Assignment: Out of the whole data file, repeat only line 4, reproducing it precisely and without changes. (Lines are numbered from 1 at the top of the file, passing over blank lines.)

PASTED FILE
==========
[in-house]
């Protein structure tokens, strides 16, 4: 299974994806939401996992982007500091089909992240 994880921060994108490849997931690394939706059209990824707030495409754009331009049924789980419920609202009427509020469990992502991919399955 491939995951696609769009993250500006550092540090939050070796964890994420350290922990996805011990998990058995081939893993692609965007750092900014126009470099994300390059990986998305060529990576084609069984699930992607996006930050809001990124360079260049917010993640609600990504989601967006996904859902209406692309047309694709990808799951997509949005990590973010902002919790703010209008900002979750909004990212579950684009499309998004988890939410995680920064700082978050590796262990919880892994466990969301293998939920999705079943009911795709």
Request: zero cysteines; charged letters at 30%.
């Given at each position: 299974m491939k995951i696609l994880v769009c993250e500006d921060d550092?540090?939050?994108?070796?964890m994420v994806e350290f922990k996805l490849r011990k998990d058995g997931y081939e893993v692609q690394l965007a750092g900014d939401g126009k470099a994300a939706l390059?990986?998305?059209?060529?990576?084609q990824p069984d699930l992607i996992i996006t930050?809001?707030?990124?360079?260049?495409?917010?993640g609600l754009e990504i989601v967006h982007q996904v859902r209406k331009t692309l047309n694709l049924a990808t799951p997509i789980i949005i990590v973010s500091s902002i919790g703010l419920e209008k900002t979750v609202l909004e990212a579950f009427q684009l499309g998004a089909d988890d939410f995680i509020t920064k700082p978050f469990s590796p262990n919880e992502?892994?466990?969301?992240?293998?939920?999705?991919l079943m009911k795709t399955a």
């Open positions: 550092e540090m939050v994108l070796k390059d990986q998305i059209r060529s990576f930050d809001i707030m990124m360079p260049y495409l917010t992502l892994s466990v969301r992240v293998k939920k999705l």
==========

């Given at each position: 299974m491939k995951i696609l994880v769009c993250e500006d921060d550092?540090?939050?994108?070796?964890m994420v994806e350290f922990k996805l490849r011990k998990d058995g997931y081939e893993v692609q690394l965007a750092g900014d939401g126009k470099a994300a939706l390059?990986?998305?059209?060529?990576?084609q990824p069984d699930l992607i996992i996006t930050?809001?707030?990124?360079?260049?495409?917010?993640g609600l754009e990504i989601v967006h982007q996904v859902r209406k331009t692309l047309n694709l049924a990808t799951p997509i789980i949005i990590v973010s500091s902002i919790g703010l419920e209008k900002t979750v609202l909004e990212a579950f009427q684009l499309g998004a089909d988890d939410f995680i509020t920064k700082p978050f469990s590796p262990n919880e992502?892994?466990?969301?992240?293998?939920?999705?991919l079943m009911k795709t399955a």